Poets have often written about unhappiness, as well as various types of disappointment. Below we’ve gathered together ten of the finest poems about disappointment – which, we hope, won’t be disappointing to read.
Aphra Behn, ‘The Disappointment’. In the seventeenth century, a micro-genre of poem arose: the ‘imperfect enjoyment’ poem, named after the poem of thwarted sexual activity by sexy Libertine poet John Wilmot, Earl of Rochester (1647-80). In ‘The Disappointment’, as the title suggests, the female poet and playwright Aphra Behn gives us the woman’s perspective: wooed and seduced by the male until she’s willing to give up her virtue, she then finds that she is to be disappointed because he is unable to perform…
William Shenstone, ‘A Pastoral Ballad IV: Disappointment’. As the title of this eighteenth-century poem suggests, this is another pastoral poem – although it isn’t quite as explicit in dealing with the issue of sexual relationships as Behn’s! Here, a poor shepherd laments the fact that the woman he loves is unfaithful (‘faithless’): ‘She is faithless, and I am undone; / Ye that witness the woes I endure; / Let reason instruct you to shun / What it cannot instruct you to cure.’
Jane and Ann Taylor, ‘The Disappointment’. We’ve listed both Taylor sisters as authors of this moral poem for younger readers about the disappointment the rain brings (a typical English problem) in ‘dampening’ one’s plans. Between them, they’re responsible for both a famous poem about mothers and the words for ‘Twinkle, Twinkle, Little Star’. Here, disappointment is their topic: ‘These slight disappointments are sent to prepare / For what may hereafter befall; / For seasons of real disappointment and care, / Which commonly happen to all.’
Thomas Hardy, ‘A Broken Appointment’. The unspoken word which ‘A Broken Appointment’ calls forth, if only as a curious absence, is ‘disappointment’. The appointment between Hardy’s speaker and the addressee – based on a woman Hardy knew named Florence Henniker – has been broken; as a result, Hardy’s speaker is disappointed, in a pun that lurks below the surface of the poem. ‘You did not come.’
Gerard Manley Hopkins, ‘Thou Art Indeed Just, Lord’. One of a number of very popular sonnets Hopkins wrote, this one earns its place in this list of the best poems about disappointment not least because of the wonderful use of language in the phrase, ‘birds build, but not I build’. The poet’s sense of disappointment and frustration with life is brilliantly captured by his inability, here, even to build a simple, clear statement (it would have been very different had Hopkins written ‘birds build, but I don’t build’).
Laurence Binyon, ‘Disappointment’. Binyon is best-known for writing ‘For the Fallen’, with its famous line ‘They shall not grow old, as we that are left grow old’. Here, he offers a heartfelt expression of disappointment and a warning about achieving one’s dreams. Will they end up being all you thought they would be? ‘And were they but for this, those passionate schemes / Of joy, that I have nursed? indeed for this / That longings, day and night, have filled my dreams? / Now it has come, the hour of bliss, / How different it seems!’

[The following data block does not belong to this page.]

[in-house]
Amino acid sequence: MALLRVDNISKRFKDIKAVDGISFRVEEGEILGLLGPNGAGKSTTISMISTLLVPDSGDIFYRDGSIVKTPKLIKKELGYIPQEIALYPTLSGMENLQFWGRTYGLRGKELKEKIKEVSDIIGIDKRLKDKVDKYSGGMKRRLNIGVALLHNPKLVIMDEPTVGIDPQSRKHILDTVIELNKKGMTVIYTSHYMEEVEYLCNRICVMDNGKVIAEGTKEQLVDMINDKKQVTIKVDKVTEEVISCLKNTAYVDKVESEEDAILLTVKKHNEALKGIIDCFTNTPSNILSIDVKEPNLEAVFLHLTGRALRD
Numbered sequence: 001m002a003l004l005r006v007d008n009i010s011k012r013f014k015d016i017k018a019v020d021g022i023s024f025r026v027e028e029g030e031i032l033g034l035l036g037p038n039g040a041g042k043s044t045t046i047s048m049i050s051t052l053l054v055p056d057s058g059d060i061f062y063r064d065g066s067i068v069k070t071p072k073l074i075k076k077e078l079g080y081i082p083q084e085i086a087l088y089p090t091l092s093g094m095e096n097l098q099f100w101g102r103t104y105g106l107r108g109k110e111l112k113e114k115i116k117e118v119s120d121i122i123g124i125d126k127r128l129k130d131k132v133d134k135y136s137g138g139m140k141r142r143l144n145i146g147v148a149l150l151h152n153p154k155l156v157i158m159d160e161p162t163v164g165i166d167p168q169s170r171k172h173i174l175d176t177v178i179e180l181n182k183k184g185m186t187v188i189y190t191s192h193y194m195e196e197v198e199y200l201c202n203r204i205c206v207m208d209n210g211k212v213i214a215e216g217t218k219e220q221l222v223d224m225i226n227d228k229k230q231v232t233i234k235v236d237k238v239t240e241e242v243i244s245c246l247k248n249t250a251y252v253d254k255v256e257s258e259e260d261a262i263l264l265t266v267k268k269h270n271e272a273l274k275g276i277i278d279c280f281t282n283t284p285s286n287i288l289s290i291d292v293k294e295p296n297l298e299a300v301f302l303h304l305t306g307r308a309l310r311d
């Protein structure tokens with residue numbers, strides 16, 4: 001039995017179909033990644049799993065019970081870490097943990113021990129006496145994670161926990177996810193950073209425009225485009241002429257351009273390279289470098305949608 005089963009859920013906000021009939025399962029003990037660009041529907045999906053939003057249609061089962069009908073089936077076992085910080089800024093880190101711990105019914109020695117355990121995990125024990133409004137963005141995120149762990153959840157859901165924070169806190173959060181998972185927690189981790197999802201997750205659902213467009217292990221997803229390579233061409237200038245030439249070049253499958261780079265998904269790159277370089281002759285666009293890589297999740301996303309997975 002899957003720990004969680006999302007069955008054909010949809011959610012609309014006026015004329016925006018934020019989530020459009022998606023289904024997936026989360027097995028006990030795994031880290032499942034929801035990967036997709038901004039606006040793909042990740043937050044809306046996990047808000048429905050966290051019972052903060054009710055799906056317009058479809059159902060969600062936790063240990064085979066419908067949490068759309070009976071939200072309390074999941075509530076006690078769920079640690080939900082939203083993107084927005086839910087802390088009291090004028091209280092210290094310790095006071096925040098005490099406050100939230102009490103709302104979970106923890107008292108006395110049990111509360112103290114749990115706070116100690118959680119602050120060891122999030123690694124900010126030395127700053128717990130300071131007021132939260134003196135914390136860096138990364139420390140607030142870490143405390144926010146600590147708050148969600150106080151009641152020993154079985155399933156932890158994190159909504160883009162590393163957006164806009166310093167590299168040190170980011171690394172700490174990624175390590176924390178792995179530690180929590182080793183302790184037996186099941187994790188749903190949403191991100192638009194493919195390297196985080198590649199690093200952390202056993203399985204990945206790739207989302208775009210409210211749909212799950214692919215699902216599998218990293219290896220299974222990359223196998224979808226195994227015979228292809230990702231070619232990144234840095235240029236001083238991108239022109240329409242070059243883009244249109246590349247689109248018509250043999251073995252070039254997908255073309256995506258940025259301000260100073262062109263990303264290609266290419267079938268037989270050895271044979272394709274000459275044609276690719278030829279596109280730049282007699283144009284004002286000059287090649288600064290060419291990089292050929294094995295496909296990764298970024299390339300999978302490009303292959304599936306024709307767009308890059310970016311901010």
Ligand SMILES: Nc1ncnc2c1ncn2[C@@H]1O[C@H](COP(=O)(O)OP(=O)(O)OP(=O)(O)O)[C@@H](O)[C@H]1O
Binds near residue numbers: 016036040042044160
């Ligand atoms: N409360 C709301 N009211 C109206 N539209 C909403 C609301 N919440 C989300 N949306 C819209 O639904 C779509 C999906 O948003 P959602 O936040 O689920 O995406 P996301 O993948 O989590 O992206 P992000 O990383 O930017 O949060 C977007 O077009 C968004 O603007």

Paul Laurence Dunbar, ‘Disappointed’. A man plants seeds to provide food for himself in his declining years. But the weather turns, and the man’s orchard is bare: ‘The old man stood in the rain, uncaring, / Viewing the place the storm had swept; / And then with a cry from his soul despairing, / He bowed him down to the earth and wept.’ But the poem ends on a note of perseverance and defiance. A fine poem from an early African American poet.
W. H. Auden, ‘Autumn Song’. Another one of Auden’s ‘Twelve Songs’ (along with the more famous ‘Funeral Blues’ or ‘Stop all the clocks’), this is a fine lyric about the brevity of youth and life’s disappointments.
Philip Larkin, ‘Dockery and Son’. Whether you use life – for instance, by getting married or having children – or waste it, it goes. Either way, for Larkin, disappointment lies in wait for us. In this poem, in which the speaker compares his own life with that of someone roughly the same age as him from university, we get one of the most powerful statements about life’s disappointments from the Laureate of Disappointment himself.
Seamus Heaney, ‘Blackberry-Picking’. This classic Heaney poem, published in his first published volume, the 1966 book Death of a Naturalist, is simultaneously about picking blackberries in August and, on another level, about a loss of youthful innocence and a growing awareness of disappointment as we grow up. It’s undoubtedly one of Heaney’s best-known poems, and remains widely studied in schools.